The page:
On April 1, 1908, American psychologist Abraham Harold Maslow was born. He is best known for creating Maslow’s hierarchy of needs, a theory of psychological health predicated on fulfilling innate human needs in priority, culminating in self-actualization. He stressed the importance of focusing on the positive qualities in people, as opposed to treating them as a “bag of symptoms.” Abraham Maslow Background Maslow was born and raised in Brooklyn, New York, as…
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Crawford Long and the Diethyl Ether Anesthesia

Crawford Long and the Diethyl Ether Anesthesia

On March 30, 1842, American surgeon and pharmacist Crawford Williamson Long for the very first time used inhaled diethyl ether as an anesthetic for surgery. Can you imagine a surgery without anesthetic? Standing the pain while a surgeon is cutting something somewhere in your body? I think better not to. But, anesthetics already have a long tradition, longer than you might think. Anesthetics before Crawford Long Already since antiquity, a variety of…
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Juan Bautista de Anza and the Route to San Francisco Bay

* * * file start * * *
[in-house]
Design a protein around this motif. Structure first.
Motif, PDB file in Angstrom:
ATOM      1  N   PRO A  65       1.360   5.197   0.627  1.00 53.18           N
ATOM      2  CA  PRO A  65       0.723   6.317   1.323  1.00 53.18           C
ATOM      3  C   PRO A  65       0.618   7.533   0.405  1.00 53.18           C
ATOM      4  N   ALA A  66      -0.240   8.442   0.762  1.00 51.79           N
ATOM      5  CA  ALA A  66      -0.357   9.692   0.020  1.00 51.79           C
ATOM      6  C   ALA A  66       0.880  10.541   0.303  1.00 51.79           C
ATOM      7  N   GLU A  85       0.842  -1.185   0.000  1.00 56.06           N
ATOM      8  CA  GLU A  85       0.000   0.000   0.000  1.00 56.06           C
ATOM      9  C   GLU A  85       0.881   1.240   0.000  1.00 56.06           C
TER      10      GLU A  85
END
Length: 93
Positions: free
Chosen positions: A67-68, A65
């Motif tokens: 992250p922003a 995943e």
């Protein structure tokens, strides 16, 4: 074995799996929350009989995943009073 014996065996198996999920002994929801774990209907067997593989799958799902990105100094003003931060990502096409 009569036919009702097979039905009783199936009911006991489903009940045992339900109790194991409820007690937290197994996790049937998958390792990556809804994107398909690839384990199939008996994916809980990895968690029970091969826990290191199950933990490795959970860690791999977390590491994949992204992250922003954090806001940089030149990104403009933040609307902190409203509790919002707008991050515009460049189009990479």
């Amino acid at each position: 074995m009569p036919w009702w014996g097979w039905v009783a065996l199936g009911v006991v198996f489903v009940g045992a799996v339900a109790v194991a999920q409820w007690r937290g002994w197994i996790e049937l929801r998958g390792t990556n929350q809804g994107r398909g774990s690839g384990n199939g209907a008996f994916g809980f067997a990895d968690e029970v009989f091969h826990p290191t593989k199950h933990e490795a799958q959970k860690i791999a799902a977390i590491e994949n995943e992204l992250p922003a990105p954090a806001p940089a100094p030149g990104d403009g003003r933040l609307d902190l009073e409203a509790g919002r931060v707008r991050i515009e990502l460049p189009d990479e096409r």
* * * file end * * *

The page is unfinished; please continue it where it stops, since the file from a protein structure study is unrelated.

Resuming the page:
Juan Bautista de Anza and the Route to San Francisco Bay

On March 28, 1776, Basque New-Spanish explorer Juan Bautista de Anza was the first to reach the San Francisco Bay by land. De Anza was the first European to establish an overland route from Mexico, through the Sonoran Desert, to the Pacific coast of California. New World Spanish explorers had been seeking such a route through the desert southwest for more than two centuries. Background Juan Bautista de Anza Anza was born in 1736…
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Real Fantasies – The Photography of Edward Steichen

Real Fantasies – The Photography of Edward Steichen